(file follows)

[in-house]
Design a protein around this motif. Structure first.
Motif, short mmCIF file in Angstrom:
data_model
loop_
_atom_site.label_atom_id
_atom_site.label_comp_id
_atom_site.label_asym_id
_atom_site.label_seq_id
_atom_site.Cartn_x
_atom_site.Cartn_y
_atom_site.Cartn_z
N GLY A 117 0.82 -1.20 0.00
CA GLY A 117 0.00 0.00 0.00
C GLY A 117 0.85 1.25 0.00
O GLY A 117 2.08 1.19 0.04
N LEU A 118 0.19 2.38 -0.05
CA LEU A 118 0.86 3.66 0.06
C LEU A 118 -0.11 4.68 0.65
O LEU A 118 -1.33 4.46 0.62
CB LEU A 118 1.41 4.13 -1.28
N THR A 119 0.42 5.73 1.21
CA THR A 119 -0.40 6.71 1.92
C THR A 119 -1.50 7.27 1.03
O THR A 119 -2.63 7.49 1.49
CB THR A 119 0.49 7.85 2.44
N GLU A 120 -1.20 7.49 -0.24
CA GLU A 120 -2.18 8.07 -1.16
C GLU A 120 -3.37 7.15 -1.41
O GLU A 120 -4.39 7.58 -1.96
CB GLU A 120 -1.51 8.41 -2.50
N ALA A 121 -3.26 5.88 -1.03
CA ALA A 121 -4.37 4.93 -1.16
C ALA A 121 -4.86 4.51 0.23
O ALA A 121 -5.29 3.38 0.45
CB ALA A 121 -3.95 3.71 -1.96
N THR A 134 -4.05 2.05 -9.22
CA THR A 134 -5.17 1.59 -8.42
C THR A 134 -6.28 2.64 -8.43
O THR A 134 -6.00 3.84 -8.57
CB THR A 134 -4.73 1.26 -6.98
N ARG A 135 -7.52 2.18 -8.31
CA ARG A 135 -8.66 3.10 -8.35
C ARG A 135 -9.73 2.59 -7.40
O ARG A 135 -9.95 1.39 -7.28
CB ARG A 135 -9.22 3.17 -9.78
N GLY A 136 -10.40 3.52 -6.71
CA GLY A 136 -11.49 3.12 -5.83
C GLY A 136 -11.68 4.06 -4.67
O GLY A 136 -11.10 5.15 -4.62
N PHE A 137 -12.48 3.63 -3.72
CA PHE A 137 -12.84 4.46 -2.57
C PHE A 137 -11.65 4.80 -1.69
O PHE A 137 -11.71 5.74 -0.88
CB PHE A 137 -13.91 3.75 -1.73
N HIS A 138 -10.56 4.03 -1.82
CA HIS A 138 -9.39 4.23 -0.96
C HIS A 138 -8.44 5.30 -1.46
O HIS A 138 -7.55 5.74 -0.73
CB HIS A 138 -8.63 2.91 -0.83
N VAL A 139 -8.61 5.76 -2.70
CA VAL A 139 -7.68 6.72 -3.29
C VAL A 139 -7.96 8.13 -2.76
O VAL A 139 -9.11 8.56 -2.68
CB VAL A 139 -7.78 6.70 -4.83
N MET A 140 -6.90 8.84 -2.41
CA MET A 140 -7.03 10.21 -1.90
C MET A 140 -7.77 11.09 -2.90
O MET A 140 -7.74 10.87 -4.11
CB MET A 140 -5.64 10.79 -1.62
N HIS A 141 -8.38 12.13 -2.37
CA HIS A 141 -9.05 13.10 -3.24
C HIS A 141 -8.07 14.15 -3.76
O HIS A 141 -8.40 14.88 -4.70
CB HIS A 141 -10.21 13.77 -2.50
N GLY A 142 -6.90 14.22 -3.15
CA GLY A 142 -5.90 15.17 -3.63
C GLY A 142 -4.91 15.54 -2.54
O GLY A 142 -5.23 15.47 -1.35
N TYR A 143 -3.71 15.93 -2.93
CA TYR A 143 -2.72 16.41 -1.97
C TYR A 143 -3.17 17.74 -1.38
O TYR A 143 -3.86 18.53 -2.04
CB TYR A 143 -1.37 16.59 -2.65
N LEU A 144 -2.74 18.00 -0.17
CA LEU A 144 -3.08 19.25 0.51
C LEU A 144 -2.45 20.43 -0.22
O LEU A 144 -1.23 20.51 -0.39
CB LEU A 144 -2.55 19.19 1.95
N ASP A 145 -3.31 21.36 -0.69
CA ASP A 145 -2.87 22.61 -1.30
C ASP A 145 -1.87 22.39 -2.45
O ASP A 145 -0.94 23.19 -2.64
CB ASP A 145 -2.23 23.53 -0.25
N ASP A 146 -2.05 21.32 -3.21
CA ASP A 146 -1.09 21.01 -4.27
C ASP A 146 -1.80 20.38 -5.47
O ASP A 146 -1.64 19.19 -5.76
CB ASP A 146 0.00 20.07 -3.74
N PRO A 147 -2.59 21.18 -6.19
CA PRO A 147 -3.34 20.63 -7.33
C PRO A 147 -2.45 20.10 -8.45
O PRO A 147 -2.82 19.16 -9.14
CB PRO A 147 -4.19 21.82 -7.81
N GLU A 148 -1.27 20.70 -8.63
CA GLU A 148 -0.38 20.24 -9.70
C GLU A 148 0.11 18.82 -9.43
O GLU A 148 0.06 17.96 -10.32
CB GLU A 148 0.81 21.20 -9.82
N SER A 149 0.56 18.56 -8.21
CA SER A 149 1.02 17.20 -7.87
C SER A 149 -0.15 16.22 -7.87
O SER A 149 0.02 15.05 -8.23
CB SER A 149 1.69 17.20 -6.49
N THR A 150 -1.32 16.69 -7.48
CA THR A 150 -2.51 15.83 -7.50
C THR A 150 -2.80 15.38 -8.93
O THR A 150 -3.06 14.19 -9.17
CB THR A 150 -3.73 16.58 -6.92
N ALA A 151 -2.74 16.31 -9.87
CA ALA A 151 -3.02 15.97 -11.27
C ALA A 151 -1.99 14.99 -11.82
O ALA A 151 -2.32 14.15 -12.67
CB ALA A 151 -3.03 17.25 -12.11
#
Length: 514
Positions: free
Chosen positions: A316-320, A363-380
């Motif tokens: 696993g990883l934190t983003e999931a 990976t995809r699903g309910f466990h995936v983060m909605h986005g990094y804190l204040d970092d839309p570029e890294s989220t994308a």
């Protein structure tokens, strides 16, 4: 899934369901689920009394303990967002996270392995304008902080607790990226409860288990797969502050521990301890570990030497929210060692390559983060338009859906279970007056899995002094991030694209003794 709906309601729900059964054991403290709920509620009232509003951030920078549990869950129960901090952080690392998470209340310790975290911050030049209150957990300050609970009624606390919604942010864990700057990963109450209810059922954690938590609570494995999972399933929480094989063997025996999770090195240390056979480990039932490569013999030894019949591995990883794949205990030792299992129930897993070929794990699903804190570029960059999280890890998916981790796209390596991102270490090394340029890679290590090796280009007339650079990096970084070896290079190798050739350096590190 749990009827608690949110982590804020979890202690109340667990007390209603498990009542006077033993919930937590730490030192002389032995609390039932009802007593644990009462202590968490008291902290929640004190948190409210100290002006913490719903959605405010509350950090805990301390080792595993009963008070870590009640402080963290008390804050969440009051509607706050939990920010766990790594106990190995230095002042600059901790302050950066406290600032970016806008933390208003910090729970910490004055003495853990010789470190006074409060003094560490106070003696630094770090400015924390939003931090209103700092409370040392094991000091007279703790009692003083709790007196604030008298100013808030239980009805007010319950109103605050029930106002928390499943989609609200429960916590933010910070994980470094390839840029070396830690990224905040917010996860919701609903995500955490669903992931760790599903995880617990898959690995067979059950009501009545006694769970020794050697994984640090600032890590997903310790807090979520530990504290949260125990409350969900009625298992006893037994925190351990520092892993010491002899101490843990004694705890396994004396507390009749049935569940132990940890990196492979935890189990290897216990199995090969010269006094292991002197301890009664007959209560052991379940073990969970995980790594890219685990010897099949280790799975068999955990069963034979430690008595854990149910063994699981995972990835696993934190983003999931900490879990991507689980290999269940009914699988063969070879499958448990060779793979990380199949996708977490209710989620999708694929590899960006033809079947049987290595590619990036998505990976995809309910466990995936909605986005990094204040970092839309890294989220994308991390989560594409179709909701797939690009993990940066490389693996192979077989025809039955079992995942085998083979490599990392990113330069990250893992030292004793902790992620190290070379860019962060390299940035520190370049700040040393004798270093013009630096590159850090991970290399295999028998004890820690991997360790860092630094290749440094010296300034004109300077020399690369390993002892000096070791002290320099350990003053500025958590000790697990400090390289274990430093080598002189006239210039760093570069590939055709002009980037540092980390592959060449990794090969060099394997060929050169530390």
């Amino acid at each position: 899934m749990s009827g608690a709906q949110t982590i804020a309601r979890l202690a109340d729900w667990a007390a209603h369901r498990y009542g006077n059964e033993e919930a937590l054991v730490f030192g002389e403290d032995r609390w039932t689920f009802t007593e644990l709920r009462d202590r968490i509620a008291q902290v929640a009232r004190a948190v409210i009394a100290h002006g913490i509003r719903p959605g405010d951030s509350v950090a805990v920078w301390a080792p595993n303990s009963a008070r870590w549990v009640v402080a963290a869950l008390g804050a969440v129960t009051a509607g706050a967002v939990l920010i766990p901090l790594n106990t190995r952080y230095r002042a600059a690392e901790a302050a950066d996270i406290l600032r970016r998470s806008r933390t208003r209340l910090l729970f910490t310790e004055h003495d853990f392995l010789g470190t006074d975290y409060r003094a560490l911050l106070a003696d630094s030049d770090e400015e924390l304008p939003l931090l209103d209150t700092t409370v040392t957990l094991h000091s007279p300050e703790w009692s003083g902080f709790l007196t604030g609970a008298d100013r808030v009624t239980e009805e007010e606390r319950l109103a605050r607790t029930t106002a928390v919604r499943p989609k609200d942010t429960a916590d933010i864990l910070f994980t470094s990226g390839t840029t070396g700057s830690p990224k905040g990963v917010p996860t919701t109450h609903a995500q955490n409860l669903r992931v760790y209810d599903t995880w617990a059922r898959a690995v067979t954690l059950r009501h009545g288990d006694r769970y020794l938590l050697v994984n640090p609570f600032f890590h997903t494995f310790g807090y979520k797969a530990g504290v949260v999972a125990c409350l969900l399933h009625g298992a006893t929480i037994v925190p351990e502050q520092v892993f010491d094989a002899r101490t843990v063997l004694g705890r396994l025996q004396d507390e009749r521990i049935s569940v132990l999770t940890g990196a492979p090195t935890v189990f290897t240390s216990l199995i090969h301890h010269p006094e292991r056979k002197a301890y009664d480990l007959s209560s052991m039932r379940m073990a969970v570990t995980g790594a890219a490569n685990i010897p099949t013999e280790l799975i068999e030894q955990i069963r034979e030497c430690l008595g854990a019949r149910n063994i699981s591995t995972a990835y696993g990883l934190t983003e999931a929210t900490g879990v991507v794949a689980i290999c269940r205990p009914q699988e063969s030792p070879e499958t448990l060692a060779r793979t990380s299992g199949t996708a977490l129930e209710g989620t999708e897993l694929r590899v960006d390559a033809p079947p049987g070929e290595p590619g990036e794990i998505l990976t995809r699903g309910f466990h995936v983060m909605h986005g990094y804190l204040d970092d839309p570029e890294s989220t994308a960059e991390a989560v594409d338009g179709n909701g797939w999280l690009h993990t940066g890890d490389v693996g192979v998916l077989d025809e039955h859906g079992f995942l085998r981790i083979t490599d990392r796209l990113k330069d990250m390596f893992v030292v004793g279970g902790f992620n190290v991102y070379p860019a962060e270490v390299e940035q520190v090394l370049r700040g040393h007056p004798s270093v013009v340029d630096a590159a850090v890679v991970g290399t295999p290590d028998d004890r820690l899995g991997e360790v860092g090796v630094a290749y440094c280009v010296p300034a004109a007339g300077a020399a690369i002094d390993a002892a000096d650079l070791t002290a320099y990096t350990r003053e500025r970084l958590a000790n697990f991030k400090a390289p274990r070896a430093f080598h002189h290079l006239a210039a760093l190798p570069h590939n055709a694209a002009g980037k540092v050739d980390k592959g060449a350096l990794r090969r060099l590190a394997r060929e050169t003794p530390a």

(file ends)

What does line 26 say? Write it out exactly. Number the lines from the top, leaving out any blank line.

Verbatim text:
CB THR A 119 0.49 7.85 2.44